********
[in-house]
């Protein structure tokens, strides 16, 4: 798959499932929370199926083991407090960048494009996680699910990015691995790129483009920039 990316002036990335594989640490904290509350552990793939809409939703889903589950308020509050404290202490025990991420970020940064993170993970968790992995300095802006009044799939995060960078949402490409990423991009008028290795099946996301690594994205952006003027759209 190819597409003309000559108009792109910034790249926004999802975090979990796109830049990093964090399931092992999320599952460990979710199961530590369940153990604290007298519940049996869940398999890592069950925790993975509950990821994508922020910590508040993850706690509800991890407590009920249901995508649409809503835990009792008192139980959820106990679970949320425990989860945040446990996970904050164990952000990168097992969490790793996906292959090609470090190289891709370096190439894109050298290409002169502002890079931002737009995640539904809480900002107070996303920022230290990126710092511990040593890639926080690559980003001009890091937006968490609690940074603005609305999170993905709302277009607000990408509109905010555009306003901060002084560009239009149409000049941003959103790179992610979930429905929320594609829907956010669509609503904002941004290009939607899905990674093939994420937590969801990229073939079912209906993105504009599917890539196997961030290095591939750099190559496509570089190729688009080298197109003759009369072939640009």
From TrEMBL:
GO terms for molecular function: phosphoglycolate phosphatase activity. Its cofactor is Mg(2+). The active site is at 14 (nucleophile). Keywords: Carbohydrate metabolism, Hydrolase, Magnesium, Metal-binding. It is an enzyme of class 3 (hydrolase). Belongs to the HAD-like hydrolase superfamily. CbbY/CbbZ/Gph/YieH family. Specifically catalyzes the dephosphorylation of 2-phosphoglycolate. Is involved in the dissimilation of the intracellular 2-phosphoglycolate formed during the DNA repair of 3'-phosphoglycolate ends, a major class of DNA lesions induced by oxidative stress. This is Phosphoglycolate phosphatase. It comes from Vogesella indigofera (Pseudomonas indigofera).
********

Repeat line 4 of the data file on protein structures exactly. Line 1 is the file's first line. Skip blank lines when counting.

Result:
GO terms for molecular function: phosphoglycolate phosphatase activity. Its cofactor is Mg(2+). The active site is at 14 (nucleophile). Keywords: Carbohydrate metabolism, Hydrolase, Magnesium, Metal-binding. It is an enzyme of class 3 (hydrolase). Belongs to the HAD-like hydrolase superfamily. CbbY/CbbZ/Gph/YieH family. Specifically catalyzes the dephosphorylation of 2-phosphoglycolate. Is involved in the dissimilation of the intracellular 2-phosphoglycolate formed during the DNA repair of 3'-phosphoglycolate ends, a major class of DNA lesions induced by oxidative stress. This is Phosphoglycolate phosphatase. It comes from Vogesella indigofera (Pseudomonas indigofera).